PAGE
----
The State of Spam: What to Expect in 2009
A look at the scourge of spam in 2008 and some predictions for spam in 2009.
Spam, oh spam -- can we ever get rid of you? 2008 saw a promising blow to the endless sea of junk mail, but the relief didn't last for long. Now, spam experts say new forms of annoyances are on the way for the new year.
"Some battles have been won in 2008, but the war is far from over," says Martin Thorborg, co-founder of SPAMfighter, a software development and spam research company.
So far, junk mail has managed to infiltrate only about 22 percent of its potential Internet territory, Thorborg says. That means more methods -- and, yes, more headaches -- are bound to be on the horizon.
The Spam Forecast
They may not have a doppler radar, but the SPAMfighter team has a full forecast -- and it doesn't look pretty. Here's what's topping the junk mail outlook for 2009:
More social network spam. Spammers started bringing their ways to networks in increasing numbers throughout '08, and that trend is expected to climb quickly in the coming months.
More complex networks behind the efforts. The shutdown of a Colorado hosting company in November had a significant effect because of its configuration: That single company served as the control center for the majority of botnets that were propagating unwanted messages. Researchers think as much as 75 percent of all junk mail was tied to that one place. Spammers will be smarter in 2009, SPAMfighter says, building more resilient and less centralized systems.
More combined methods. Spam will be partnered with spyware and phishing tactics to create new kinds of "blended threats," SPAMfighter says.
An increase in "spear phishing," or spam campaigns targeted to specific groups and interests. These might include messages tailored to employees of a particular company or organization, or even just to members of certain online networks. The messages are designed to look like official communications.
A general rise in creativity. In 2008, SPAMfighter observed things like phishing attempts disguised as warnings against phishing. As even novice Internet users become more savvy, the disguises are likely to expand.
The Spam Equation
Many of the anti-spam precautions seem obvious -- but, obviously, everyone isn't taking them. The good news? The number of people still gullible is small. A recent University of California study (PDF) suggests only one in every 12.5 million spam messages gets a response.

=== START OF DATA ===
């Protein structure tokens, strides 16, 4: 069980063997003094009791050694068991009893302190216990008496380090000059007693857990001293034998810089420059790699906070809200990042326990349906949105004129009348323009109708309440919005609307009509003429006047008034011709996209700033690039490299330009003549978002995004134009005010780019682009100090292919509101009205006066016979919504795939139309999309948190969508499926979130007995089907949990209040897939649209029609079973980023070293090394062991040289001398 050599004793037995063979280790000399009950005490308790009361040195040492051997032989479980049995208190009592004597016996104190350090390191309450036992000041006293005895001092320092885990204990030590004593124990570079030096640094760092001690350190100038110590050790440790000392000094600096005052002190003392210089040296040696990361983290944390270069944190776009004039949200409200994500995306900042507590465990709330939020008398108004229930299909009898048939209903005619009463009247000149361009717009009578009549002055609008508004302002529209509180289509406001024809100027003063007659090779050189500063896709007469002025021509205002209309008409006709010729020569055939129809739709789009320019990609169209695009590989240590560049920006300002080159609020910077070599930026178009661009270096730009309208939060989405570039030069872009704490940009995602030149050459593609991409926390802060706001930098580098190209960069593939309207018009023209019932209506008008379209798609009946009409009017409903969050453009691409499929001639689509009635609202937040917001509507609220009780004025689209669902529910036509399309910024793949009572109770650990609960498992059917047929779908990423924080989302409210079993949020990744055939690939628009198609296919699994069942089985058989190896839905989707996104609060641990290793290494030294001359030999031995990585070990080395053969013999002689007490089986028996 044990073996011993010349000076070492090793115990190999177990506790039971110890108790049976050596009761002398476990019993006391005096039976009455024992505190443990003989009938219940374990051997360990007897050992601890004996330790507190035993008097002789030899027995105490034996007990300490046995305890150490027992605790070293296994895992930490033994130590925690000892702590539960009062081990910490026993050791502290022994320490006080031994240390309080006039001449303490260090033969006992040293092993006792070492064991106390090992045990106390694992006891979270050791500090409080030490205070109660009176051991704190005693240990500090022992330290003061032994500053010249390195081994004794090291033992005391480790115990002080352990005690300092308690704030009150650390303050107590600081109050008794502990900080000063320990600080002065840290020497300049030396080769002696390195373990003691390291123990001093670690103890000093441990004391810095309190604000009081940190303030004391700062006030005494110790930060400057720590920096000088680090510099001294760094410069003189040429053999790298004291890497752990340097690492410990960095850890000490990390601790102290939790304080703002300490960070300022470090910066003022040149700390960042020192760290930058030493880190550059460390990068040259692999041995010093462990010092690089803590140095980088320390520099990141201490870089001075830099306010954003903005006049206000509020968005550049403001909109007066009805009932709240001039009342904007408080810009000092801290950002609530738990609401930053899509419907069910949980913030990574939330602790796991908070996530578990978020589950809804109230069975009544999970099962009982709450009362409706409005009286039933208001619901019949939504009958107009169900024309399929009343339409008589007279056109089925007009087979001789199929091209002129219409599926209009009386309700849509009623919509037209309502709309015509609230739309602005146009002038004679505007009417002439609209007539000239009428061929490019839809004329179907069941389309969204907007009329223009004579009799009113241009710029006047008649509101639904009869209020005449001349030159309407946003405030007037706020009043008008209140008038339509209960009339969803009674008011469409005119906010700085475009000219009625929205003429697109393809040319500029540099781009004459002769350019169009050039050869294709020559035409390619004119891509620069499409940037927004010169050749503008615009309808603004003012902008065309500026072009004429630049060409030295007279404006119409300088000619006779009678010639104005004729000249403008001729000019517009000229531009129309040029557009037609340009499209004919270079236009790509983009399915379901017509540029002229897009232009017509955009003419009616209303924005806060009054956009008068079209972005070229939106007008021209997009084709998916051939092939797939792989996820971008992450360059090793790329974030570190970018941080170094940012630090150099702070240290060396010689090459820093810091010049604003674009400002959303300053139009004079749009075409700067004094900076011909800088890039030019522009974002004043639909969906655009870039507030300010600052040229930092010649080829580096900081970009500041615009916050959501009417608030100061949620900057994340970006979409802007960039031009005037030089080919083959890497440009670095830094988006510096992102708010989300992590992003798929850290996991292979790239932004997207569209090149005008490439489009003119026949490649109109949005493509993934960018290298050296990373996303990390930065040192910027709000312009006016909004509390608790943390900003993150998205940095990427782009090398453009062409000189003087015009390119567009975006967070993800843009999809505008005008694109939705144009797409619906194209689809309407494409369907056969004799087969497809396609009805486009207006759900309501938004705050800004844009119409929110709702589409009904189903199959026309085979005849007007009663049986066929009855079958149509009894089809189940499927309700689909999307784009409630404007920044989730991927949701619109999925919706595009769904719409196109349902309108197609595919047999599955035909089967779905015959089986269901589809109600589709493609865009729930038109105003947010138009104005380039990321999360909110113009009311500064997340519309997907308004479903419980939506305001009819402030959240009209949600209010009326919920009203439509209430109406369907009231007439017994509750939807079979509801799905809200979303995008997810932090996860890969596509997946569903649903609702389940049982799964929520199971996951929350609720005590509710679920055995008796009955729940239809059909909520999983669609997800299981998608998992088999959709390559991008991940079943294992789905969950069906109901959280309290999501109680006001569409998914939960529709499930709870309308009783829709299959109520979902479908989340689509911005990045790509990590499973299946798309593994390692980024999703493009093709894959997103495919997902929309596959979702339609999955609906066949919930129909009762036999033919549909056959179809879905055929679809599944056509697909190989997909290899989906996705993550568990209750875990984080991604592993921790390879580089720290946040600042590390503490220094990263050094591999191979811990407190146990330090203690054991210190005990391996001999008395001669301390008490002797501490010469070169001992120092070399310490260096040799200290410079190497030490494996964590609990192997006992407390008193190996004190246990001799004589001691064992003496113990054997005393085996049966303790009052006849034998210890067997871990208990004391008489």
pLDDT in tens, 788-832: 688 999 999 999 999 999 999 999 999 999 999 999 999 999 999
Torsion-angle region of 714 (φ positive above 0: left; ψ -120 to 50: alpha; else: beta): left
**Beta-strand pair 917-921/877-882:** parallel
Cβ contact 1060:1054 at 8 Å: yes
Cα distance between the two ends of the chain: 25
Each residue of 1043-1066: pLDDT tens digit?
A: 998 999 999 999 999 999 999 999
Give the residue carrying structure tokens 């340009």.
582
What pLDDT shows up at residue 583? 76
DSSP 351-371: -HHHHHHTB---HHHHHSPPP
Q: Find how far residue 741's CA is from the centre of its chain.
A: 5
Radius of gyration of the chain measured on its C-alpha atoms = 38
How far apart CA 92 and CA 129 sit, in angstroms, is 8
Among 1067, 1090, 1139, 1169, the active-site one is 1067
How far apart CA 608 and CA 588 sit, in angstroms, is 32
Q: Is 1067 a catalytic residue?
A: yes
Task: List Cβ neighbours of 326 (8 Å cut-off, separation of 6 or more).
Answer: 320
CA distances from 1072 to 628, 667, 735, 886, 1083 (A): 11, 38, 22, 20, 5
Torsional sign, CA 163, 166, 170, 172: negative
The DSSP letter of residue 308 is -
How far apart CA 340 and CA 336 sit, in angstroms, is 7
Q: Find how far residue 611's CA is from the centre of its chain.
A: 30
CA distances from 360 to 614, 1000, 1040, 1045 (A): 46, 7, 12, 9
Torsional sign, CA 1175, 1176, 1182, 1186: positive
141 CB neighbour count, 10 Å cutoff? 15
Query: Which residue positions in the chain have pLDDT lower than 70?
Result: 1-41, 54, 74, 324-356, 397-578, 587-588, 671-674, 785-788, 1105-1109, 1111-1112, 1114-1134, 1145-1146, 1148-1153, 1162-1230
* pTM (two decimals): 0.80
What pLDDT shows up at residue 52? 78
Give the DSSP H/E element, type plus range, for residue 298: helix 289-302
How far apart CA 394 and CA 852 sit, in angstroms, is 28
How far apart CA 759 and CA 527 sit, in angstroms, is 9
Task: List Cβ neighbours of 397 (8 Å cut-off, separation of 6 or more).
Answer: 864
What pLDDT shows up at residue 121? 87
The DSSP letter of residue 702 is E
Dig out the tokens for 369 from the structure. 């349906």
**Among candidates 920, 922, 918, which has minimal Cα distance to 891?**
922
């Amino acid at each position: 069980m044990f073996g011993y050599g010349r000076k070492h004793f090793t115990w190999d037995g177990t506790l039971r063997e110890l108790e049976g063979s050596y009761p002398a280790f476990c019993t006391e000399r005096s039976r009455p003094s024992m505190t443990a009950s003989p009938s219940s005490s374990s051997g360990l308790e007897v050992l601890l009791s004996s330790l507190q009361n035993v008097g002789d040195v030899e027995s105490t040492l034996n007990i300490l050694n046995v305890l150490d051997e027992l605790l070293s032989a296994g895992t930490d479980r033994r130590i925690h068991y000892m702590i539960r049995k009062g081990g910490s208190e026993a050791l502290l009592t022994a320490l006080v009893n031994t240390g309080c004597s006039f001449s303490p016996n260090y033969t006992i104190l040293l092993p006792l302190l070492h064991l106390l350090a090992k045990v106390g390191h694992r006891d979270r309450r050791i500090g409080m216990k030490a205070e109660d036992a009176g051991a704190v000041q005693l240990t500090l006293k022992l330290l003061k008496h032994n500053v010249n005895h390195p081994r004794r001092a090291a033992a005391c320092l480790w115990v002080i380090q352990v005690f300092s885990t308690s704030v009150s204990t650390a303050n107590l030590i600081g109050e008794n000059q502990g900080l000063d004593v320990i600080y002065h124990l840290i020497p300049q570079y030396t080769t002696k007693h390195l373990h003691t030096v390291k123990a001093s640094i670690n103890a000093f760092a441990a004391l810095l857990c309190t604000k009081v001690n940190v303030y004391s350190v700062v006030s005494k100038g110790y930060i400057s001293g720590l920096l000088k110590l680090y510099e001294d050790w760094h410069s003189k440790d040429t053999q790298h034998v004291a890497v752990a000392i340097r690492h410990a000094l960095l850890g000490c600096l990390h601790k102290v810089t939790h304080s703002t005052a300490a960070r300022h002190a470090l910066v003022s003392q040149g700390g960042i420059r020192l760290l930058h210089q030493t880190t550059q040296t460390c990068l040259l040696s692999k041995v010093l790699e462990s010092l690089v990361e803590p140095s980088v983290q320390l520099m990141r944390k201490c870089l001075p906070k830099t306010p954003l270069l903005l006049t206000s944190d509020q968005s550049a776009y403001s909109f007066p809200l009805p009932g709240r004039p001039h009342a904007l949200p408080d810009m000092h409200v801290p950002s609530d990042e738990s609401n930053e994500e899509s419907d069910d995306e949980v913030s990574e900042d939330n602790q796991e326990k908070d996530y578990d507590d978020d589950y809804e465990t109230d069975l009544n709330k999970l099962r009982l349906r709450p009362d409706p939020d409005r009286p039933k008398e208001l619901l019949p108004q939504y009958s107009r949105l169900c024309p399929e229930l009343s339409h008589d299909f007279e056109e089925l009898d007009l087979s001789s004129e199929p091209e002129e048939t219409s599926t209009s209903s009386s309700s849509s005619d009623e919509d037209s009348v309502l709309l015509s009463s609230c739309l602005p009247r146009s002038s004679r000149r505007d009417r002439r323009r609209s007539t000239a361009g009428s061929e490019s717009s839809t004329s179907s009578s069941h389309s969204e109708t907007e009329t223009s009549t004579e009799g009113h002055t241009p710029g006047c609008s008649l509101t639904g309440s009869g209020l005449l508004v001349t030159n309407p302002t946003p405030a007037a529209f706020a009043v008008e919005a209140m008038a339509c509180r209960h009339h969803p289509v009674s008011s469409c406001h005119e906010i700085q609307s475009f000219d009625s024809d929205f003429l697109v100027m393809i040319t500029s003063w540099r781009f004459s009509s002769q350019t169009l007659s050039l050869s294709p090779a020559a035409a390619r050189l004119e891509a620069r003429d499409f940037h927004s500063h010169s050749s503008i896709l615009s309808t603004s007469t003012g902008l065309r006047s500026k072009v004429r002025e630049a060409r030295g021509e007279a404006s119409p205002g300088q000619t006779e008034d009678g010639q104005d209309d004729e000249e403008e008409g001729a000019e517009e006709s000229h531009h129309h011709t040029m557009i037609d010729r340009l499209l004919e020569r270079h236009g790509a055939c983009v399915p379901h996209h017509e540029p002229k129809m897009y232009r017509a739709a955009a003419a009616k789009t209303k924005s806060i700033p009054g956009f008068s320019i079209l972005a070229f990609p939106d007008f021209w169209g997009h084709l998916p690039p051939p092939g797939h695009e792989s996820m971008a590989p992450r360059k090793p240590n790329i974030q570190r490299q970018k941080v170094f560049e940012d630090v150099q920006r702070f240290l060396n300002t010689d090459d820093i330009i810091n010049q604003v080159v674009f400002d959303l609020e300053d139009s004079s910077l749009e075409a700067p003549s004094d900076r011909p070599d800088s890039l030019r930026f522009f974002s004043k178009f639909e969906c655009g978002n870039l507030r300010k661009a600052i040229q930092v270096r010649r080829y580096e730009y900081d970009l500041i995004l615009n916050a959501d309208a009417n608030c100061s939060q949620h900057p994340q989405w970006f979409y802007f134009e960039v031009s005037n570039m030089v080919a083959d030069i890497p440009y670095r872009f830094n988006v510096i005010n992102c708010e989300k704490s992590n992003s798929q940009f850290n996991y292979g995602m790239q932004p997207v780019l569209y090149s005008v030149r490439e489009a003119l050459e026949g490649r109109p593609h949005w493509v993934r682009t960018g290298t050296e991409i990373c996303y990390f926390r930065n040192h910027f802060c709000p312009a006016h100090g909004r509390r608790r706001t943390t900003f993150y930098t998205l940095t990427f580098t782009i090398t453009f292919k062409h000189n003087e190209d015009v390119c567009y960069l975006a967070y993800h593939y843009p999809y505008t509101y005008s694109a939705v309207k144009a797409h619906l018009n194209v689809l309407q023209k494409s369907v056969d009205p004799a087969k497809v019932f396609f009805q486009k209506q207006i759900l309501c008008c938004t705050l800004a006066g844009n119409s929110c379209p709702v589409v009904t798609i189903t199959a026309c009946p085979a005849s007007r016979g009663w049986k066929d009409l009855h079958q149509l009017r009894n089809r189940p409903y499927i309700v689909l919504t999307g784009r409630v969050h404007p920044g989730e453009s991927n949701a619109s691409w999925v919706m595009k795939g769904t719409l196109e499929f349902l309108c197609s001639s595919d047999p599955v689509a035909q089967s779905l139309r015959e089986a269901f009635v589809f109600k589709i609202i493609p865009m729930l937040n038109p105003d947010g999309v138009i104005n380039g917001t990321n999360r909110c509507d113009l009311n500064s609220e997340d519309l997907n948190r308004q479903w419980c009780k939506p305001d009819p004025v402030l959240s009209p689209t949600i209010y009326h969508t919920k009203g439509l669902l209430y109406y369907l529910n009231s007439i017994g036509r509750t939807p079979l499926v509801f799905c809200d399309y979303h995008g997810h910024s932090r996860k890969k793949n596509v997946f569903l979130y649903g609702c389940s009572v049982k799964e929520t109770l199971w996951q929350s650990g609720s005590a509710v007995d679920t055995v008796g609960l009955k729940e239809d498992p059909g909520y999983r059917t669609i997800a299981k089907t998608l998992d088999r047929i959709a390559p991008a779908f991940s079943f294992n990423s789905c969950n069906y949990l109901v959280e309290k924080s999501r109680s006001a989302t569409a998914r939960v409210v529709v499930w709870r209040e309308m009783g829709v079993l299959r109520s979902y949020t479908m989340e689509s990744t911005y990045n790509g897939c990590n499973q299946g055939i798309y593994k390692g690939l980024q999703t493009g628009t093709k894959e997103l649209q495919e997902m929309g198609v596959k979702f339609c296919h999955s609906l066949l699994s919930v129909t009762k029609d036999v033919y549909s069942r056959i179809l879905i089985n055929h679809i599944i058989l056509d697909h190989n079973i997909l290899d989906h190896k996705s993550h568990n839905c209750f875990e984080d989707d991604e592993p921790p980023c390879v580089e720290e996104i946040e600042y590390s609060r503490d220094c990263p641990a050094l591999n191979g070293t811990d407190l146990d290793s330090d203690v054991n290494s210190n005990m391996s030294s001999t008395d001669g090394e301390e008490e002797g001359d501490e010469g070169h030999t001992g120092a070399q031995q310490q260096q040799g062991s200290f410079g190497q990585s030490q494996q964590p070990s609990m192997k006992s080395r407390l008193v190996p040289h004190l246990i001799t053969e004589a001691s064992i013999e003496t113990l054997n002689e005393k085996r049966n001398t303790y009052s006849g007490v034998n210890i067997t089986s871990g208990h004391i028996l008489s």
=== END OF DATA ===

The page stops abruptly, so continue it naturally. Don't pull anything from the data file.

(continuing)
The bad news? That tiny percentage is enough to generate $7,000 a day, or $3.5 million a year, for a decent-sized spam network, the study says. What's more, the activity could add as many as 8,500 new bots into the spam network every 24 hours.
While we'd love to track down those imbeciles actually ordering stuff from spam -- if you're one of them, please leave a comment below with your contact information -- the more realistic action is just to spend a few minutes talking about proper cyberprotection. So, if you're confident in your spam-fighting abilities, relax and enjoy a complimentary pumpkin muffin.* Otherwise, read on and reinforce your knowledge.
*Complimentary pumpkin muffins available only for PC World staff
Your Spam Protection Plan
Thinking about responding to an unsolicited message? Maybe a pleasant request to be removed from the list? Don't. End of story.
The same goes for "delivery failure" messages. If you don't remember sending the message being referenced, hit delete and move on.
Avoid giving out your primary e-mail address on any forum or blog site that you don't absolutely trust. Set up a secondary "junk" account for public distribution instead.
Similarly, don't post your primary e-mail address on your own blog or Web site. Bots will find it and add you to their lists.
Never send money, either for a purchase or donation, to any entity you learned about through an unsolicited message.
This is old, but it still hasn't hit home for some folks: DON'T CLICK ON LINKS IN UNSOLICITED E-MAILS. If a message from your bank tells you to click to confirm your account, ignore it. Open up your browser and type in the bank's legit URL manually, then see if there's any real issue to be addressed.
» SPAMfighter - 1/10/2009
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